Atmospheric pressure is measured with an aneroid barometer that expands or contracts as atmospheric pressure changes.
Atmospheric pressure is a key parameter used for weather forecasting. Measuring the atmospheric pressure helps to locate surface troughs, high pressure systems, and frontal boundaries.
The average (or standard) pressure at sea level measures 29.29 inches of mercury.
Atmospheric pressure decreases 4% per 1000 feet of elevation; it is only about 21 inches of mercury at an elevation of 10,000 feet.
Meteorologists convert the measured atmospheric pressure at a weather station, such as Medford (1300 feet above sea level), to its equivalent sea level value.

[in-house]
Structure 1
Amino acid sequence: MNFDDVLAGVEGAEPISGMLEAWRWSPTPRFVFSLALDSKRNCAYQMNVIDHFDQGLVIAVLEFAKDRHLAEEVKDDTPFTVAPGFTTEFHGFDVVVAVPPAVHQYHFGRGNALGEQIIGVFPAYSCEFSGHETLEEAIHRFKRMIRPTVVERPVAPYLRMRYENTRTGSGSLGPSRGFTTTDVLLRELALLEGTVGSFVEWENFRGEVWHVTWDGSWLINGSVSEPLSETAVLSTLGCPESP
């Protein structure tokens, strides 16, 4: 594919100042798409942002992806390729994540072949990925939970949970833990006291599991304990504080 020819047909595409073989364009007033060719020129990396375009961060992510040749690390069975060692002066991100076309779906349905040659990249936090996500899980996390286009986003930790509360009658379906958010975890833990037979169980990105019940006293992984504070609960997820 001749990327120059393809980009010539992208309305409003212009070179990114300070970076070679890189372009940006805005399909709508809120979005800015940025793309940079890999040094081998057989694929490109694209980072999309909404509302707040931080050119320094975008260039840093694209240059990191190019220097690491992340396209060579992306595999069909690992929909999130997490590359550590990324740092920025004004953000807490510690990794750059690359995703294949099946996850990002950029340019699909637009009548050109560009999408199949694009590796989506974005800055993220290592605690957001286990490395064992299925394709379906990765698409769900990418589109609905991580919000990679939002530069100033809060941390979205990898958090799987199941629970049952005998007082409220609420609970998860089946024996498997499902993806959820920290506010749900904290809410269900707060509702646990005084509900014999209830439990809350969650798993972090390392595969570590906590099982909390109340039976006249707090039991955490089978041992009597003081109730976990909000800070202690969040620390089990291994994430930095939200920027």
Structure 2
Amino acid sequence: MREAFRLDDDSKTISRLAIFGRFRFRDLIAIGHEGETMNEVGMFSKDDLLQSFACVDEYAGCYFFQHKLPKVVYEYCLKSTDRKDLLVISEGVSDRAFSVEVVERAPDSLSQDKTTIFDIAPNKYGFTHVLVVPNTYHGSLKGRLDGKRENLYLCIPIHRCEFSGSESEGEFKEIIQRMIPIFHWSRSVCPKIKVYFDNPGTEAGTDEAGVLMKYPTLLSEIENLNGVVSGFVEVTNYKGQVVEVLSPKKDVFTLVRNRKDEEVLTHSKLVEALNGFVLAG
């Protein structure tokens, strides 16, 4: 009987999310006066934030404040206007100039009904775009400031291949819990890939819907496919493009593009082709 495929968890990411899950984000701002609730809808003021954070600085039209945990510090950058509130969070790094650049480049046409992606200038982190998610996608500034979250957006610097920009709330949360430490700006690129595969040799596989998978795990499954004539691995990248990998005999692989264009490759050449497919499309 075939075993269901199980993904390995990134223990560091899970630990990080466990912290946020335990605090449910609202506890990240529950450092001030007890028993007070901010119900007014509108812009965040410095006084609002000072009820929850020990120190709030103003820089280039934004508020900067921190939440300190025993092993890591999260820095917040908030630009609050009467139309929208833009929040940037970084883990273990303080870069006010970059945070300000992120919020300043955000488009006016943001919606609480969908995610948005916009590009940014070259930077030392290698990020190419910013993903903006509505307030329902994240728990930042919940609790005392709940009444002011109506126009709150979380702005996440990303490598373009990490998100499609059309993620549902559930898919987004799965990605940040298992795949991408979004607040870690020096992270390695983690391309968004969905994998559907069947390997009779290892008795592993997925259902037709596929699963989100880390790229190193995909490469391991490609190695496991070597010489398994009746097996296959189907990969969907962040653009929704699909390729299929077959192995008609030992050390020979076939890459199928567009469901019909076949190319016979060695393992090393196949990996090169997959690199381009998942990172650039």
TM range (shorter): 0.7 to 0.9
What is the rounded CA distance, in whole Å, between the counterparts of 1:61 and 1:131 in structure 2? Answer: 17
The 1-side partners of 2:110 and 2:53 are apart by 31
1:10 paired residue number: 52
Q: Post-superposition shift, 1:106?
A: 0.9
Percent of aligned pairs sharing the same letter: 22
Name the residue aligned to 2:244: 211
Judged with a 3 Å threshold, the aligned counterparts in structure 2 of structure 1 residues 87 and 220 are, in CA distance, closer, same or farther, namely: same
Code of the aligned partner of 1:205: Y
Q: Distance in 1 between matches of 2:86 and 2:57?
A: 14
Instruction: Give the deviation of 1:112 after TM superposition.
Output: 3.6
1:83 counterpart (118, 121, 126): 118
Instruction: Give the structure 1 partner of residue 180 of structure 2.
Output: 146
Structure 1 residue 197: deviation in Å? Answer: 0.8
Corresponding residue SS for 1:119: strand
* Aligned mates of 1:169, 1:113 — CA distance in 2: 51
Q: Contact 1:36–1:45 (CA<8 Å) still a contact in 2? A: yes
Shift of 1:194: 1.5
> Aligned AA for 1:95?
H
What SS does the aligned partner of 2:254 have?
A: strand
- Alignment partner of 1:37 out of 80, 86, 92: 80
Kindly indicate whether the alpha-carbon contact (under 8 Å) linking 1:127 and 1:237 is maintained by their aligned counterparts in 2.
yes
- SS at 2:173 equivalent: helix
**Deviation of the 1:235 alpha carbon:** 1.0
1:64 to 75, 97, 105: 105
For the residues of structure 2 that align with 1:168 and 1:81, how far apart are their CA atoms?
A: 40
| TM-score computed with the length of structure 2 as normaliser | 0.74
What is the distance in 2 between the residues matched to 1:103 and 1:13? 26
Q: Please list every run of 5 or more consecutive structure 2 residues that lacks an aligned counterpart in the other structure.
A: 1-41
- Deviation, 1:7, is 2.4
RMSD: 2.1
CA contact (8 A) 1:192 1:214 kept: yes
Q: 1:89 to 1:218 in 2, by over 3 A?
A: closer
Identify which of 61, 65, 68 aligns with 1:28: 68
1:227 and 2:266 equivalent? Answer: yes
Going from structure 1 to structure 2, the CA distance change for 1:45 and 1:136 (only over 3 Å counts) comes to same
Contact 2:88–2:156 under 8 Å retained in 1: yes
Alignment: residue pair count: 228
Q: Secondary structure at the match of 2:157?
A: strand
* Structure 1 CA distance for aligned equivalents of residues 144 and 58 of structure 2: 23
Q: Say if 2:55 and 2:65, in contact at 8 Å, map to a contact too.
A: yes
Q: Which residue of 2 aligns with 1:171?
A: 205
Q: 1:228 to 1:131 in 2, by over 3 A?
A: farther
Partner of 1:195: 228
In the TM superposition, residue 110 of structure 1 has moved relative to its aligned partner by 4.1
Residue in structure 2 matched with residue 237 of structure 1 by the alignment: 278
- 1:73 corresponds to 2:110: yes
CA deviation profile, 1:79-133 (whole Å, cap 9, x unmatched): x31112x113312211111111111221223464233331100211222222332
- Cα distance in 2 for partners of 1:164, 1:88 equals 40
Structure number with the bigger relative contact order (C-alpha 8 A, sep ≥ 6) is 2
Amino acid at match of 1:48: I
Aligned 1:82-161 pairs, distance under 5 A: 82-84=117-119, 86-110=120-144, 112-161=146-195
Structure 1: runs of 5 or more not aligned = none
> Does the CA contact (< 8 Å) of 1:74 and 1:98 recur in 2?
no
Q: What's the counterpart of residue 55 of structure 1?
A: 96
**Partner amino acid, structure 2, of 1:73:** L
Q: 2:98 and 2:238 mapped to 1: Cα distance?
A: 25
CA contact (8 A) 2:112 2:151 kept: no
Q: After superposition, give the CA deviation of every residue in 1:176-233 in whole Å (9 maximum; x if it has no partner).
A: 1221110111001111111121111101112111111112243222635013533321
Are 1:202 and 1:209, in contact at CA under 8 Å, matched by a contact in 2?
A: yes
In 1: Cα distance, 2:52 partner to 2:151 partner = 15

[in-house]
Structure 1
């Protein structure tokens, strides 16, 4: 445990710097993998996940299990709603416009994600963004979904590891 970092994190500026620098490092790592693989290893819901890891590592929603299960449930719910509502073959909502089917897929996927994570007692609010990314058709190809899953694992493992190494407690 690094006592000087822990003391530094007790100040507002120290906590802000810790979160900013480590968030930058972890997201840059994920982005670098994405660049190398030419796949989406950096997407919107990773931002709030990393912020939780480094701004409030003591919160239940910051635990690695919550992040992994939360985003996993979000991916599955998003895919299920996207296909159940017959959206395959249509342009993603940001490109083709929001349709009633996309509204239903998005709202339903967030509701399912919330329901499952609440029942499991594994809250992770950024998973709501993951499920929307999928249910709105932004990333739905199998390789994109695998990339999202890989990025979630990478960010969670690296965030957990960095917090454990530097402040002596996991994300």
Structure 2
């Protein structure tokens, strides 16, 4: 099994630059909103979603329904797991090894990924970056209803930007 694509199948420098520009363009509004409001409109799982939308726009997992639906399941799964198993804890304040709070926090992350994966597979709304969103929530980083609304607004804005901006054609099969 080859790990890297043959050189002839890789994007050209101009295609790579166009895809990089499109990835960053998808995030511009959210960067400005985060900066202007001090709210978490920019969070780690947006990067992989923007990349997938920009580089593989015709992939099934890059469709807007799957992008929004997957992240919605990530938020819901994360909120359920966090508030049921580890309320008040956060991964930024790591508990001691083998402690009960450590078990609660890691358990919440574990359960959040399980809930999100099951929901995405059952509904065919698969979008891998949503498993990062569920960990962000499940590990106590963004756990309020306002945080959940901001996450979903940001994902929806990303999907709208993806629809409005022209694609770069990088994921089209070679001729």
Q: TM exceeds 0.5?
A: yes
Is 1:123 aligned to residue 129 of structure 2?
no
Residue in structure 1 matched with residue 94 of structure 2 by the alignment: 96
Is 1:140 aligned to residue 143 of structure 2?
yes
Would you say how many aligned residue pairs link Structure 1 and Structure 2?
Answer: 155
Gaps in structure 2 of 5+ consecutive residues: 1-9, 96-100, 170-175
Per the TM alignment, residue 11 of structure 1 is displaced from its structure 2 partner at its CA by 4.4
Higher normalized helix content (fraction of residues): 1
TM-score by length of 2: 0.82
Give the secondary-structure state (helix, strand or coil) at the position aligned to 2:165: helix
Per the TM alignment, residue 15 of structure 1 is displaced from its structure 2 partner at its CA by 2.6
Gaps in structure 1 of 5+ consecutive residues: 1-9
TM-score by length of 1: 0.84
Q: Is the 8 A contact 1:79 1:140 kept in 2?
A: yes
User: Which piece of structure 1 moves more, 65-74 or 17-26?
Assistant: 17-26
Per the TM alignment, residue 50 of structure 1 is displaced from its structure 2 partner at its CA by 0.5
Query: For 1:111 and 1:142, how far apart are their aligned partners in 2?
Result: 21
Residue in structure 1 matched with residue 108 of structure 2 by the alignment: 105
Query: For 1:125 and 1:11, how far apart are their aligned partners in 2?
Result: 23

Unit of measure = inches of mercury
If the barometer begins a steep and rapid descent, there is a good chance a storm is approaching; the faster the barometer falls, the windier it will be.
x axis is day of month
A rapidly falling barometer can indicate an approaching summer rainstorm.
This is a good time to check the weather forecast to see if you might be able to shut off your irrigation for awhile.
A summer rainstorm is also a good opportunity to have your rain catchment system refilled. Check to be sure it’s in good working order.